A White Rock RCMP officer is giving the gears to cancer this year, committing to cycle some 500 kilometres and help fundraise $100,000 in support of pediatric cancer research.
Const. Emma Dyer is among nearly two dozen officers who have signed up for the 2021 Cops for Cancer event, set for Sept. 20-24, as part of the Tour de Valley Riders.
For Dyer, whose father Kelly, was a Cops for Cancer rider about a decade ago, getting involved was an easy decision – a “natural” step, if you will.
“For me, exercise is a big part of my life, so why not put helping the community raising money for a good cause and exercise together?” she said. “It was kind of a win in both ways.”
As well, “growing up, that’s just always been what I’ve been raised around, is just doing community things and helping out.”
Dyer has already exceeded her personal fundraising goal of $4,000 by more than 25 per cent, with $5,250 donated to the cause in her name. Her team’s overall goal to raise $100,000 is also in sight – as of Thursday (Sept. 2), they were closing in on $96,000.
At least four of her counterparts in Surrey – Hwan Lee, Martine Bembenek, Trish Douglas and Leandre Melançon – are also clipping in for the cause. As of Thursday, the five had collectively raised just over $21,500.
While Dyer helped her dad fundraise during his Cops for Cancer ride, this year marks her first time actually suiting up for the team. Training and fundraising got underway in March, and she’s done everything from logging 120-plus kilometres in a day and participating in a 12-hour spinathon, to offering homemade cookies as a fundraising “bribe.”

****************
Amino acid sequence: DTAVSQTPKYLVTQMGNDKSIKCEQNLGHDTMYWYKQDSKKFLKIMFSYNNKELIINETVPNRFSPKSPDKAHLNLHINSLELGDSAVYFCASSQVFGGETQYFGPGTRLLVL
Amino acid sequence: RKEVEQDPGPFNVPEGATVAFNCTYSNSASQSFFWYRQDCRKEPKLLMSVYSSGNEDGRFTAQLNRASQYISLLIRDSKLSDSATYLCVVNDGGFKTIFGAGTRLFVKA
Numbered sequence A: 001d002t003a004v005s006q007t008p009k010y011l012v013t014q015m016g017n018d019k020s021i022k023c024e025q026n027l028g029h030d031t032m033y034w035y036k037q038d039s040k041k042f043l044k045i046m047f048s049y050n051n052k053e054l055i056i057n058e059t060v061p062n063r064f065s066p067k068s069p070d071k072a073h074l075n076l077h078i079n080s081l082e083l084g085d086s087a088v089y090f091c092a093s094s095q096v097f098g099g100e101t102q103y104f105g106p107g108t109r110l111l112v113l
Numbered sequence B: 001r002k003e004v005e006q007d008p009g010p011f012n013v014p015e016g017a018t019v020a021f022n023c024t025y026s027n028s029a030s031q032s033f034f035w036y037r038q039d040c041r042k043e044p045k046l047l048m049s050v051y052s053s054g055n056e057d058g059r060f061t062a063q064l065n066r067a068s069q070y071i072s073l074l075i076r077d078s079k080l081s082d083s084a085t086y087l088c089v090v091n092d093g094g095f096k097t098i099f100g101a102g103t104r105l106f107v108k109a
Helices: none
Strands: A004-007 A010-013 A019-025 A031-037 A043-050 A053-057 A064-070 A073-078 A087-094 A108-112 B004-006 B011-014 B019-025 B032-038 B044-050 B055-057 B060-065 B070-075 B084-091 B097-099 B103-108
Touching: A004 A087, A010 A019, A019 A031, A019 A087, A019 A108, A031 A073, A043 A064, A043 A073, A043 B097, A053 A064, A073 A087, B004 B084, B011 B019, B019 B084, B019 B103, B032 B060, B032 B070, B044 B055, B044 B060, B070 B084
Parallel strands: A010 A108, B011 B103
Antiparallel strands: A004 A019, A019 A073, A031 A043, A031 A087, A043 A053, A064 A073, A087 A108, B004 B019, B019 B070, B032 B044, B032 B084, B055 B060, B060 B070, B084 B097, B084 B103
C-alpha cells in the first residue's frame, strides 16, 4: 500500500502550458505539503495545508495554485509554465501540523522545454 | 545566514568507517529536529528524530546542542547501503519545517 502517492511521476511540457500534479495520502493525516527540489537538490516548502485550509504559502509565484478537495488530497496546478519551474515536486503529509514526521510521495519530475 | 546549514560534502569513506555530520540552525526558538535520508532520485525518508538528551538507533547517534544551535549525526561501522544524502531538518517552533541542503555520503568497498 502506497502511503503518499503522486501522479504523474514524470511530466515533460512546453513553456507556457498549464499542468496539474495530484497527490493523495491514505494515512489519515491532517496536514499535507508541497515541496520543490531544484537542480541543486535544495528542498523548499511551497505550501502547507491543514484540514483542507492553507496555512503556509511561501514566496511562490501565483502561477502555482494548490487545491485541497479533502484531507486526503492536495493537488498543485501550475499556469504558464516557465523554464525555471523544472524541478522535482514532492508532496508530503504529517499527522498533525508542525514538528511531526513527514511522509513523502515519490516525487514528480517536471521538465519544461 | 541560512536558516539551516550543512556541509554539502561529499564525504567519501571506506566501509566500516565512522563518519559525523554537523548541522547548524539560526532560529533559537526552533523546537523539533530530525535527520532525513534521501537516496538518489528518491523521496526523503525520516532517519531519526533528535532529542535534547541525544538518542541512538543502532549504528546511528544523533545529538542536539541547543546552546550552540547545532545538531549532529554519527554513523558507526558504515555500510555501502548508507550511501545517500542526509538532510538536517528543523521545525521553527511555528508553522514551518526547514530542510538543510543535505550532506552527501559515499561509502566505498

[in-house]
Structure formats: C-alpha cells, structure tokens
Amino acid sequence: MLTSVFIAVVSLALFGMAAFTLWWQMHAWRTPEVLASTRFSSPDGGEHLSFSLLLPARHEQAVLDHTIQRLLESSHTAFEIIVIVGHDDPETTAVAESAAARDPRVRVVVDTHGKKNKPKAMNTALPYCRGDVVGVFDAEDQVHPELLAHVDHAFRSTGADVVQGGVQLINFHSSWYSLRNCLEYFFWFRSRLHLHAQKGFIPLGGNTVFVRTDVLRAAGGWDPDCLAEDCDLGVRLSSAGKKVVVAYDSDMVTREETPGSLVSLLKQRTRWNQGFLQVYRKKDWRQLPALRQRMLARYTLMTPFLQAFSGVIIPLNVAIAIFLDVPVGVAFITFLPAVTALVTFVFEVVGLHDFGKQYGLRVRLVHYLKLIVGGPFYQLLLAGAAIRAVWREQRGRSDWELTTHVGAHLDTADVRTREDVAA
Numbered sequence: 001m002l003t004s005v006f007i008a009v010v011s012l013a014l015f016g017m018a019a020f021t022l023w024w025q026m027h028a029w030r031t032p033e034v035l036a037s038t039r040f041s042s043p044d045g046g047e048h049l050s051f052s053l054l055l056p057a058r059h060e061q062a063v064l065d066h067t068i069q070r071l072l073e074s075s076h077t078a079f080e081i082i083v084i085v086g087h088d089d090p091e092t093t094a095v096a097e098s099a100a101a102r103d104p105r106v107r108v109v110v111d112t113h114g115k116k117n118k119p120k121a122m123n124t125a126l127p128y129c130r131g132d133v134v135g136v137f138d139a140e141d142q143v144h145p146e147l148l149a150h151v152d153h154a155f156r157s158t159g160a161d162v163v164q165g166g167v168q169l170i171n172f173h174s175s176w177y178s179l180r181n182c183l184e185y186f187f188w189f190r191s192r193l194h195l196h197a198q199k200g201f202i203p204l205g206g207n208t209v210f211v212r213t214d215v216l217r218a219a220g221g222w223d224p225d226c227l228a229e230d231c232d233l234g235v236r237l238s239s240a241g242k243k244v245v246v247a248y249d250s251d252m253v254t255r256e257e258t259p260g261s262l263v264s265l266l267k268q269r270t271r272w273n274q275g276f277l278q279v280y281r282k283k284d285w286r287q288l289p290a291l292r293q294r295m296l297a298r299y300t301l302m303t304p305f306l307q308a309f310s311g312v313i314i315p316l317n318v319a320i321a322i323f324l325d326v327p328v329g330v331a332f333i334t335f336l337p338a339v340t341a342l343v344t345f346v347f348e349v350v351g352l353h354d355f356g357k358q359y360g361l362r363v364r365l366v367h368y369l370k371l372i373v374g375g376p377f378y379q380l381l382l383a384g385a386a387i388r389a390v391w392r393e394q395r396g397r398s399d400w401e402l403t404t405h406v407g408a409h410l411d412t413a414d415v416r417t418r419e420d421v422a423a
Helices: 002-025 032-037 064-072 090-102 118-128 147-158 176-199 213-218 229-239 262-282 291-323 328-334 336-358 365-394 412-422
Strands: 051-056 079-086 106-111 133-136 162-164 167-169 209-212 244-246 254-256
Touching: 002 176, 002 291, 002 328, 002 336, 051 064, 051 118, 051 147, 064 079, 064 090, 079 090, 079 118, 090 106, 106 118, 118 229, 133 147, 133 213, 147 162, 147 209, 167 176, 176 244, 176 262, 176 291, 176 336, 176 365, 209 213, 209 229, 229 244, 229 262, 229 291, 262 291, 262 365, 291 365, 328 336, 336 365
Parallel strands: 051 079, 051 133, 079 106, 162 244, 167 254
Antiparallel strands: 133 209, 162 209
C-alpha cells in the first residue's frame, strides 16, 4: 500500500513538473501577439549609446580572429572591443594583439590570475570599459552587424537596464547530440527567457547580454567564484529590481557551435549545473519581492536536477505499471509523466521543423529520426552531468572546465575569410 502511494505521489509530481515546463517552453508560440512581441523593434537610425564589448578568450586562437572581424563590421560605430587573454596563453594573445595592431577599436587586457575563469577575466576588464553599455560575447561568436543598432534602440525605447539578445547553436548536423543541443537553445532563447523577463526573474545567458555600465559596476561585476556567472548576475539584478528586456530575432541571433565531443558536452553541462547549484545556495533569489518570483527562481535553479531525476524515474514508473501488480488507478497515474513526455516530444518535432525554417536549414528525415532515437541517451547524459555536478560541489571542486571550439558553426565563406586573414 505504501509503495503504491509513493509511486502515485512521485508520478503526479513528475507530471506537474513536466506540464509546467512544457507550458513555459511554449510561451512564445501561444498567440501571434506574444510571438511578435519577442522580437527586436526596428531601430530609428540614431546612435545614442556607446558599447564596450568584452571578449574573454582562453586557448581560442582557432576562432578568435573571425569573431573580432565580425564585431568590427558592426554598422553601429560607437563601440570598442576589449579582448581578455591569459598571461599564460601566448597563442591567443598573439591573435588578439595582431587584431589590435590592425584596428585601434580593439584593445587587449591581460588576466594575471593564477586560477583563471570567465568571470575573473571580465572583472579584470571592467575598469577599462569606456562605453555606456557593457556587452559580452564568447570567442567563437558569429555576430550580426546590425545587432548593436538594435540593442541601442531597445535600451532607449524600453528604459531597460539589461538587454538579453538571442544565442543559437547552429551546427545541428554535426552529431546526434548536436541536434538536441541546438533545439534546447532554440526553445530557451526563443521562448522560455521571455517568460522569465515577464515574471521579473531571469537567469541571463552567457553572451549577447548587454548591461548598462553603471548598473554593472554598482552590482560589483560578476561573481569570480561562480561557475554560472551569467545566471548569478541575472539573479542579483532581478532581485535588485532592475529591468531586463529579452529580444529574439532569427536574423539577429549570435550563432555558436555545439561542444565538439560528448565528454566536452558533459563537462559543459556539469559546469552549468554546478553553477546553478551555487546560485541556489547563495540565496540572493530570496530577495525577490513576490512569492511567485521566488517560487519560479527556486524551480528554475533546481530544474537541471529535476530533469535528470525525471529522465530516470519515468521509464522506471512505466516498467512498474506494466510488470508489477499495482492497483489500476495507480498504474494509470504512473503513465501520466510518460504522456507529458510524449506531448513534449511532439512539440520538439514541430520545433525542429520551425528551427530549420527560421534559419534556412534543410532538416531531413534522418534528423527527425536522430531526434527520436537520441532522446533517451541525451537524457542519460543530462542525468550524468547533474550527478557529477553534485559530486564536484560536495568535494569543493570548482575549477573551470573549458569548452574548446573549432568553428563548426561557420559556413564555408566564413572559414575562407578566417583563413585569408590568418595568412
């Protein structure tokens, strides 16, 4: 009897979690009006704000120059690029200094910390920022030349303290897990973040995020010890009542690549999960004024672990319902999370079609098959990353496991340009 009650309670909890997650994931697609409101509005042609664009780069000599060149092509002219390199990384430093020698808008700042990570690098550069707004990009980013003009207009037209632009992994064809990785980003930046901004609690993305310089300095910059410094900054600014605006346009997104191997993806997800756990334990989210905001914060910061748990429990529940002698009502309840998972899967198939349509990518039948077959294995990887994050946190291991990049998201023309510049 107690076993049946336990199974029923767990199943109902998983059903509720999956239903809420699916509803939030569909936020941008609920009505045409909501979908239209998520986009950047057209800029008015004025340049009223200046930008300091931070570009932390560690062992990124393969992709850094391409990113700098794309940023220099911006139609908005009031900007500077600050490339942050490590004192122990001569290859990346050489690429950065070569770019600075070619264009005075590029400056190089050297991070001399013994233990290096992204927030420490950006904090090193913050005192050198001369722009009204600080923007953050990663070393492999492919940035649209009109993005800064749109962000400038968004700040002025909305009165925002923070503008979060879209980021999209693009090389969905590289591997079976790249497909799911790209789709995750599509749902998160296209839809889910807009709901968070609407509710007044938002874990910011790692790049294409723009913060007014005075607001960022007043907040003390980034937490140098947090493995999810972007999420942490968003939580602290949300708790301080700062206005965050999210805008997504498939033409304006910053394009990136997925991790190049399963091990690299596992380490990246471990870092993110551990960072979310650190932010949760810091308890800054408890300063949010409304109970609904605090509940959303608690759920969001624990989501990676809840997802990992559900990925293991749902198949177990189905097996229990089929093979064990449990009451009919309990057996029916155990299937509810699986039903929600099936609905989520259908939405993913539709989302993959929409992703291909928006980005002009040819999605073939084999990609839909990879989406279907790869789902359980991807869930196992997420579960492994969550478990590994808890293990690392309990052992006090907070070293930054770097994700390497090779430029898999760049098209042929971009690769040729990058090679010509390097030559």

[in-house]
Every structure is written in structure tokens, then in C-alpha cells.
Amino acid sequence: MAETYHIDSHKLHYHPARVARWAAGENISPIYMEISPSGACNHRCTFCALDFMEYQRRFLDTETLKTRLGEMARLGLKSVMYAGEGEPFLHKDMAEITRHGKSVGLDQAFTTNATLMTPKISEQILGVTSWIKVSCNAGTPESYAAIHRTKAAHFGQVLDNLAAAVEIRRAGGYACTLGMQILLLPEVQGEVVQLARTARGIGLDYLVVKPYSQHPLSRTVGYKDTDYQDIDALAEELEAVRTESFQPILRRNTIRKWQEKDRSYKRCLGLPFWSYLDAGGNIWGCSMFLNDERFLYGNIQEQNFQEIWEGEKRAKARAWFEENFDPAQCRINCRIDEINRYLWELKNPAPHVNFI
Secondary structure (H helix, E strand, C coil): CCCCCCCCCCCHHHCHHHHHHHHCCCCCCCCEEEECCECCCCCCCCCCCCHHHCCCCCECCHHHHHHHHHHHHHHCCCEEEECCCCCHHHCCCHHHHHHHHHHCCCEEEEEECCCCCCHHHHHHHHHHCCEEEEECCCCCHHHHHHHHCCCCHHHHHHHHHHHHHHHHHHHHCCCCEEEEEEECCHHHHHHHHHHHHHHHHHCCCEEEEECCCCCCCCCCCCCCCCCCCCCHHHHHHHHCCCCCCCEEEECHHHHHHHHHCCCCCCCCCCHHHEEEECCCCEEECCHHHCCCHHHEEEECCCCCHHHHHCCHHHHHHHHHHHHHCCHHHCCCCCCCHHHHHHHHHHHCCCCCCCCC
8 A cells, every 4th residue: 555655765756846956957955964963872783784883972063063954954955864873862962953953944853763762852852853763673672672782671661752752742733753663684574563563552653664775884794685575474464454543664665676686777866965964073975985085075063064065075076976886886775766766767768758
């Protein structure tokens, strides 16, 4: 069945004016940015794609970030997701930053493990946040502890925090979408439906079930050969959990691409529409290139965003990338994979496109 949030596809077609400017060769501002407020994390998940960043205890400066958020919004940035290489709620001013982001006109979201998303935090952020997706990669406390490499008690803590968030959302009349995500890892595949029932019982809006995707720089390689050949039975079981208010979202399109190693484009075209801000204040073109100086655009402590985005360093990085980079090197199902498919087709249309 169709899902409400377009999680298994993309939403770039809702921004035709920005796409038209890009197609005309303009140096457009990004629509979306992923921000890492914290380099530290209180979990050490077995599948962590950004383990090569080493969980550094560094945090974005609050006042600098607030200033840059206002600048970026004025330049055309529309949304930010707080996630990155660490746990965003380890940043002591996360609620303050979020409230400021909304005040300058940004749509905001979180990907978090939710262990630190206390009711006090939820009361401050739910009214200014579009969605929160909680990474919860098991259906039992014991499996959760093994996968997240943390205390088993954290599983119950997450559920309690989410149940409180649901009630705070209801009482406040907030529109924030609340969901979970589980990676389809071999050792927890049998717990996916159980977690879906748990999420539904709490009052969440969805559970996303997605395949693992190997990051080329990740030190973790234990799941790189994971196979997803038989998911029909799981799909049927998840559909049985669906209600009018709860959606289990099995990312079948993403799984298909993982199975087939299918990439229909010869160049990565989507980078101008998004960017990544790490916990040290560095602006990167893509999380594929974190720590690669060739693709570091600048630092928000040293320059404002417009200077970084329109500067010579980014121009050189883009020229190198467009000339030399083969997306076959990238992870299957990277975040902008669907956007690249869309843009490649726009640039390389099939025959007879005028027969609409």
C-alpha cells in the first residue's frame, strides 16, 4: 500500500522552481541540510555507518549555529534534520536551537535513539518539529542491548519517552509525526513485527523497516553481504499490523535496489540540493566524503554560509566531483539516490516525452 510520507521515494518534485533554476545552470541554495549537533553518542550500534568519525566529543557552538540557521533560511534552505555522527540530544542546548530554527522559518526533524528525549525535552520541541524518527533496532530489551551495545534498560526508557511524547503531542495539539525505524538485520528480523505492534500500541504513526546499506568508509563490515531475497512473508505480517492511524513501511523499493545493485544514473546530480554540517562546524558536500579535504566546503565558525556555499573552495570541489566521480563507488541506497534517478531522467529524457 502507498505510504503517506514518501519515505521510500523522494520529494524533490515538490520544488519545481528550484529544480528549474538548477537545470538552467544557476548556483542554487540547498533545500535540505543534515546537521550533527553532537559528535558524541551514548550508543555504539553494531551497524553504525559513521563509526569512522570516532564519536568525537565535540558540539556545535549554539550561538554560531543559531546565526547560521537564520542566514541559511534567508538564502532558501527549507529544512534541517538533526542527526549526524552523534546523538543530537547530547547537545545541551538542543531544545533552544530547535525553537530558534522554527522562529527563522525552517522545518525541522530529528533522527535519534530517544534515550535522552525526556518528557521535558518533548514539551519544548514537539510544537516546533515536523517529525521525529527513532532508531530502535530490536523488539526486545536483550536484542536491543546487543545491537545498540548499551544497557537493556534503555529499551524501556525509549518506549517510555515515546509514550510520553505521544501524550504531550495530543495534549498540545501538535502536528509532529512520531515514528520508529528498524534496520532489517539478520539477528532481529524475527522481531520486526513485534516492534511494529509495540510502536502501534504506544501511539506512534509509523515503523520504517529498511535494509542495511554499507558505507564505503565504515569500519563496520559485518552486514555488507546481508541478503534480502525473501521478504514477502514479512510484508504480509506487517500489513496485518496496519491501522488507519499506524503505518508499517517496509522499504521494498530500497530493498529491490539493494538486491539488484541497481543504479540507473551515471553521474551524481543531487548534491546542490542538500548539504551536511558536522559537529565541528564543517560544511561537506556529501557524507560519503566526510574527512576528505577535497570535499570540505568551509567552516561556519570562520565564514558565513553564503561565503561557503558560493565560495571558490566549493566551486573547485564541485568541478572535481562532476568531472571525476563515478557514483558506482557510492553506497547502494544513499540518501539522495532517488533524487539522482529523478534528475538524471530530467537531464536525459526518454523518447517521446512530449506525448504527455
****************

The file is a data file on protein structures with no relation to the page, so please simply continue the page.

“I actually… mailed cookies to Fernie,” she said, noting the East Kootenay town was her first post as an RCMP officer.
Each rider on the tour completes the trek for a child, whose name they carry on their bike over the course of the journey.
In 2018, White Rock Const. Carly Godlien rode for Surrey youngster, Cameron Bulger, who was the grandson of one of the detachment’s longtime volunteers. Sadly, Cameron passed away in May of 2020.
Dyer said while she doesn’t yet know whose name she’ll have on her bike – due to the pandemic, the team wasn’t able to visit Camp Goodtimes to meet the honorary riders – she does know that when the going gets tough, she won’t complain.
“Even the other day I rode and it was pouring rain out and to be honest, the last thing you want to do is go for a bike ride in the rain,” she said.
“Then it goes in my head – you know what? What are these kids doing? Cancer doesn’t pick the day it’s going to come or the day you gotta go for chemo. So, really, a ride in the rain is nothing in hindsight to what they go through.”
Since its launch in 1997 – the event was started by one police officer – Cops for Cancer has raised almost $48 million “to increase survival rates and support children living with cancer and their families.”
To support Dyer’s effort or that of any of the Tour de Valley Riders, visit support.cancer.ca and click on the ‘Donate’ button.
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